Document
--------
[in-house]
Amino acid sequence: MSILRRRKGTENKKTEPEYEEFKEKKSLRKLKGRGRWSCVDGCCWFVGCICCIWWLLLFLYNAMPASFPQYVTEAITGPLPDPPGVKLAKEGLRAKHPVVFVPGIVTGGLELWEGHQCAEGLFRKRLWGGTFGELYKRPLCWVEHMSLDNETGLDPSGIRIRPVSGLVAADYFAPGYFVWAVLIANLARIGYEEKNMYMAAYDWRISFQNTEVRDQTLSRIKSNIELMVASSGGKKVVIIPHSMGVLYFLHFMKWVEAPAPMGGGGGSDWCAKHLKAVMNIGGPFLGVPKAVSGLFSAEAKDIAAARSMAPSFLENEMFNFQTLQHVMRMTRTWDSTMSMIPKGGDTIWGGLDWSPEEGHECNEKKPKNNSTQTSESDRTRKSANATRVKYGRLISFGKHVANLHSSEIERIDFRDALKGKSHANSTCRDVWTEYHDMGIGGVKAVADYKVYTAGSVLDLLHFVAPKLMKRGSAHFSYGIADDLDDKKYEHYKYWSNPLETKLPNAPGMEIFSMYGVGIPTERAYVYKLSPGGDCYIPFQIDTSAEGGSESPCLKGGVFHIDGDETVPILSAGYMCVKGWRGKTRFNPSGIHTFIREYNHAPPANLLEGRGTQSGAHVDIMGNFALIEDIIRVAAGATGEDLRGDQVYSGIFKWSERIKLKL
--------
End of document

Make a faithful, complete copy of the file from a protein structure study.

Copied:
[in-house]
Amino acid sequence: MSILRRRKGTENKKTEPEYEEFKEKKSLRKLKGRGRWSCVDGCCWFVGCICCIWWLLLFLYNAMPASFPQYVTEAITGPLPDPPGVKLAKEGLRAKHPVVFVPGIVTGGLELWEGHQCAEGLFRKRLWGGTFGELYKRPLCWVEHMSLDNETGLDPSGIRIRPVSGLVAADYFAPGYFVWAVLIANLARIGYEEKNMYMAAYDWRISFQNTEVRDQTLSRIKSNIELMVASSGGKKVVIIPHSMGVLYFLHFMKWVEAPAPMGGGGGSDWCAKHLKAVMNIGGPFLGVPKAVSGLFSAEAKDIAAARSMAPSFLENEMFNFQTLQHVMRMTRTWDSTMSMIPKGGDTIWGGLDWSPEEGHECNEKKPKNNSTQTSESDRTRKSANATRVKYGRLISFGKHVANLHSSEIERIDFRDALKGKSHANSTCRDVWTEYHDMGIGGVKAVADYKVYTAGSVLDLLHFVAPKLMKRGSAHFSYGIADDLDDKKYEHYKYWSNPLETKLPNAPGMEIFSMYGVGIPTERAYVYKLSPGGDCYIPFQIDTSAEGGSESPCLKGGVFHIDGDETVPILSAGYMCVKGWRGKTRFNPSGIHTFIREYNHAPPANLLEGRGTQSGAHVDIMGNFALIEDIIRVAAGATGEDLRGDQVYSGIFKWSERIKLKL